For the past few years, fear of China's predatory mercantilism has been steadily growing in America, both amongst the public and in elite business and political circles. But last week, for the first time, one could discern the genuine possibility that America might actually do something about it — even if it means a trade war.
It's not that anything new has been revealed about China's practices, but rather that something new has emerged about the nature of Washington's opposition to it. Last week, the Senate passed a bill that would force U.S. retaliation against China's currency manipulations. The bill passed with 63 votes — including 16 Republican votes.
There is nothing new about most Democrats supporting what some might consider "protectionist" legislation. But 16 Republican Senate votes are new and revealing. There was no ideological or regional pattern to them. They included Ohio's Rob Portman, a solid senior member of the Republican free-trade establishment who served as President George W. Bush's trade representative and director of the Office of Management and Budget; Maine's liberals Olympia Snowe and Susan Collins; conservative southerners such as Jeff Sessions and Lindsey Graham; and the Rocky Mountain's conservative Mike Crapo.
Also, last week Mitt Romney — the very model of a Republican financial man and free trader — wrote in a conspicuous Washington Post article: "If I am ... elected president, I will work to fundamentally alter our economic relationship with China." It got tougher after that. While he firmly defended free trade, he made the argument, "Actually doing something about China's cheating makes some people nervous. Not doing something makes me nervous. We are warned that we might precipitate a trade war. Really? China is selling us $273 billion per year more than America is selling China — why would it possibly want a trade war?"
Whether Romney is right or wrong about that, what is politically fascinating is that he is not afraid to talk about the threat of a trade war. Yes, he is running for president, so it could be just political. But he may well be the next president, so campaign rhetoric may become presidential policy. And given his deep support in the internationalist, GOP business community, he must have a sense that he is not outraging those supporters by his strong stand.
Equally revealing of the changing mood of the Washington-China trade policy was the Washington Post column last week by solid, centrist, free-trade supporting, highly regarded Robert Samuelson: "No one should relish threatening China with a 25 percent tariff. It would be illegal under existing WTO rules; to save the postwar trading system, we'd have to attack it. This would risk an all-out trade war just when the world economy is already tottering. ...The policy's only recommendation is that it might be slightly better than the alternative: condoning China's ongoing assault on our industry. ... There's already a trade war between them and us; but only one side is fighting."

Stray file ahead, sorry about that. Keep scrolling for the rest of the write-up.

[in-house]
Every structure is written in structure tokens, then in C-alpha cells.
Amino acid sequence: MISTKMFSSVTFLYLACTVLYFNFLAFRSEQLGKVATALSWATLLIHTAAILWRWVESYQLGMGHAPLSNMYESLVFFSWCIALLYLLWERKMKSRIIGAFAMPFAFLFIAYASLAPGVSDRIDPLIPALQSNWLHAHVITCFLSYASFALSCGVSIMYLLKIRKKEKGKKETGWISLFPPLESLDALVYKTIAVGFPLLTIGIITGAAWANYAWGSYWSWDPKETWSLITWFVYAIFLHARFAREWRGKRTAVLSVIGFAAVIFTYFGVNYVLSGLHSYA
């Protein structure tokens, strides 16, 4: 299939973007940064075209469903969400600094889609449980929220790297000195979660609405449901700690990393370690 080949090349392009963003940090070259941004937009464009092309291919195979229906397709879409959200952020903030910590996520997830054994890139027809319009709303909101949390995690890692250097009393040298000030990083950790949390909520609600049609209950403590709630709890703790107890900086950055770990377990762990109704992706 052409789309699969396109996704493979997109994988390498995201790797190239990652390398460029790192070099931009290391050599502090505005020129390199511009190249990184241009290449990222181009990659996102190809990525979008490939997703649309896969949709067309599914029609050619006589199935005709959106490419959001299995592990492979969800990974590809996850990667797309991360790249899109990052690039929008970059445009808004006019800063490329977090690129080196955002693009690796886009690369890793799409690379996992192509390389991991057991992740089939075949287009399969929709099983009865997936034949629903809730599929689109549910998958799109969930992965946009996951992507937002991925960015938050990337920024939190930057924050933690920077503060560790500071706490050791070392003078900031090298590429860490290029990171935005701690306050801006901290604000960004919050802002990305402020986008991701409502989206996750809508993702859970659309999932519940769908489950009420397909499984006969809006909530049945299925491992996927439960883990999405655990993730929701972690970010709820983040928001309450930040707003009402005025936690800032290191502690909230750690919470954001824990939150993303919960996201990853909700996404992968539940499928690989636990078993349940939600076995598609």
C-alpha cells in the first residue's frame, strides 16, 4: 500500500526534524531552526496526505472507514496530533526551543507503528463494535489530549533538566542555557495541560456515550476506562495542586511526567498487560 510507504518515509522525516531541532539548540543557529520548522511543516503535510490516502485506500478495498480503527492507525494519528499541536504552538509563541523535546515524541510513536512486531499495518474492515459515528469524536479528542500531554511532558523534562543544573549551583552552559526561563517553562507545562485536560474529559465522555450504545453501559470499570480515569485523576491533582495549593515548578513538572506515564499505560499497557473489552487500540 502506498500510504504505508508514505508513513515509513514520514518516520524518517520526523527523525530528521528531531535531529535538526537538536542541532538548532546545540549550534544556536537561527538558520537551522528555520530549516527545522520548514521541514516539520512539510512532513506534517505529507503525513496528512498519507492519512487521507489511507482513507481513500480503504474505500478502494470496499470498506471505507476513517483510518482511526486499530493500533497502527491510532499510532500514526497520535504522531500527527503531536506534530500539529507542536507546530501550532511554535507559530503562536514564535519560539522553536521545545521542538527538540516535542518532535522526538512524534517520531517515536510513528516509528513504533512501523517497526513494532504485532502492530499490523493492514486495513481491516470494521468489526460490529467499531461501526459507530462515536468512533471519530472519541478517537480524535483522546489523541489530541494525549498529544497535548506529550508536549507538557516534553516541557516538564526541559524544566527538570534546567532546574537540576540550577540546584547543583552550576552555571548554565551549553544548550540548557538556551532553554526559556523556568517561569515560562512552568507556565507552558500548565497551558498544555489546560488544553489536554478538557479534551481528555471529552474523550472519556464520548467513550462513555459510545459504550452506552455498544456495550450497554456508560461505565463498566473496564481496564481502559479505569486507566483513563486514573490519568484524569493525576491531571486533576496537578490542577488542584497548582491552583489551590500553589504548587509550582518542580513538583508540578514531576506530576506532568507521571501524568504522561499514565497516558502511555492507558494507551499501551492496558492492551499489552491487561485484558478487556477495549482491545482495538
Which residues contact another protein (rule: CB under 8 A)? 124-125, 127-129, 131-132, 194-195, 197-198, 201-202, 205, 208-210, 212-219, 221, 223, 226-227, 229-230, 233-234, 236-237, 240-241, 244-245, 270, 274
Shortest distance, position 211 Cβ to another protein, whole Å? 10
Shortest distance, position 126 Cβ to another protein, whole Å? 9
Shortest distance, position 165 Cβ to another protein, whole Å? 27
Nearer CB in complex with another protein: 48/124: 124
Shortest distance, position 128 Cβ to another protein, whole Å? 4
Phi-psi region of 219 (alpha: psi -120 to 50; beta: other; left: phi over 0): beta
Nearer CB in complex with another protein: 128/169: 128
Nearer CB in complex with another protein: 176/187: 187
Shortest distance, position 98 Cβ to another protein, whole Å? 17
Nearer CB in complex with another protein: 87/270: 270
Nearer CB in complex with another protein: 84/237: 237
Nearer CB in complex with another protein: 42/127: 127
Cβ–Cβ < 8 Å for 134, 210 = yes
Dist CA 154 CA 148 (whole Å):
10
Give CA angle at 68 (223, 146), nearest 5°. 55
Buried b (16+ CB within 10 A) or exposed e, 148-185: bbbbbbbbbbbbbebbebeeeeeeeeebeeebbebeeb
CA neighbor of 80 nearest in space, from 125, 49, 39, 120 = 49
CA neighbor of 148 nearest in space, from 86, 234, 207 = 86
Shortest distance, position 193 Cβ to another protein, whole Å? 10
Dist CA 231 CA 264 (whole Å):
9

It is startling to read the Washington Post's senior economics columnist willing to engage in a trade war with China as the world may be sinking into recession. It's not so much what is being said as who is saying it that makes one sense that Washington may be getting ready to reverse 75 years of post-World War II trade policy.
It is particularly striking when the opposition to the China currency bill have explicitly compared this moment to the 1930s, when a financial crisis lead to the Smoot-Hawley trade war, which led to a decade long world depression. Yet, these and other prominent free traders are embracing — not running from — the threat of trade war.
Of course, these are only the opening shots. The Wall Street Journal stands stoutly against such policies. Speaker of the House John Boehner came out against the Senate bill expressly because he worried it might start a trade war. If he permitted a vote, the House would pass the bill at veto-proof strength with upwards of a hundred Republican votes for the bill. President Obama has not yet revealed whether he would sign or veto such a bill if it got to his desk.
But the doubt about letting abstract free-trade principles deter an aggressive U.S. response — even at the risk of a trade war — has been building for years.
In a December 2007 column, I assessed the political fact back then that Hillary Clinton and Mike Huckabee were both questioning blind adherence to free trade. I wrote: "Classic free-traders may impute such words by both Hillary and Huckabee to cynicism, populism and demagogy, but it is just possible that the American people may sense a real danger that the elites, heavily invested in the globalization project, cannot see yet."
Now, four years on, some of those very elites are beginning to express the same doubts about the utility of relying on abstract free-trade principles, and they are willing to consider the risk of a trade war rather than endure more of the same trade imbalances.
Weak as our economy is now, our gross domestic product is still about three times the size of China's. If we have to push back against abuse of free trade principles, better now than five years from now when (if we continue current policies) we are not likely to be nearly as strong.
When the real-world fears and judgments of the Washington political and journalistic elites begin to line up with the same sentiments in the broader public, it may be the beginning of an historic trade policy shift.
Tony Blankley is executive vice president of Edelman public relations in Washington. Email him at TonyBlankley@gmail.com. To find out more about Tony Blankley and read features by other Creators Syndicate writers and cartoonists, visit the Creators Syndicate Web page at www.creators.com.